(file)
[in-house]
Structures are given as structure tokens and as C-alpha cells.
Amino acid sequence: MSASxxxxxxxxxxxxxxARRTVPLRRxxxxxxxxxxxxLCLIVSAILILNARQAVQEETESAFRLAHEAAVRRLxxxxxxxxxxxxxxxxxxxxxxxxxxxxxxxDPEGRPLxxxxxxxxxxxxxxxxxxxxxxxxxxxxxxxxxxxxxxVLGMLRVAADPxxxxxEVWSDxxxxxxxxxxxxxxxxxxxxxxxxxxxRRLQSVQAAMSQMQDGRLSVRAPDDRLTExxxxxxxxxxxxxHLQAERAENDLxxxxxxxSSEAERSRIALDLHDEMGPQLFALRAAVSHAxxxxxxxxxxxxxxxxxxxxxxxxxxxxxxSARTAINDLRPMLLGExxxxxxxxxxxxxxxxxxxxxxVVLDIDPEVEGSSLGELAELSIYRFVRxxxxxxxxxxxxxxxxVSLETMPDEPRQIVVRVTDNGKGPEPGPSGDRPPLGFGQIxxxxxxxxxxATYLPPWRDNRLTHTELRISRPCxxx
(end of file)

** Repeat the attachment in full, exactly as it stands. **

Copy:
[in-house]
Structures are given as structure tokens and as C-alpha cells.
Amino acid sequence: MSASxxxxxxxxxxxxxxARRTVPLRRxxxxxxxxxxxxLCLIVSAILILNARQAVQEETESAFRLAHEAAVRRLxxxxxxxxxxxxxxxxxxxxxxxxxxxxxxxDPEGRPLxxxxxxxxxxxxxxxxxxxxxxxxxxxxxxxxxxxxxxVLGMLRVAADPxxxxxEVWSDxxxxxxxxxxxxxxxxxxxxxxxxxxxRRLQSVQAAMSQMQDGRLSVRAPDDRLTExxxxxxxxxxxxxHLQAERAENDLxxxxxxxSSEAERSRIALDLHDEMGPQLFALRAAVSHAxxxxxxxxxxxxxxxxxxxxxxxxxxxxxxSARTAINDLRPMLLGExxxxxxxxxxxxxxxxxxxxxxVVLDIDPEVEGSSLGELAELSIYRFVRxxxxxxxxxxxxxxxxVSLETMPDEPRQIVVRVTDNGKGPEPGPSGDRPPLGFGQIxxxxxxxxxxATYLPPWRDNRLTHTELRISRPCxxx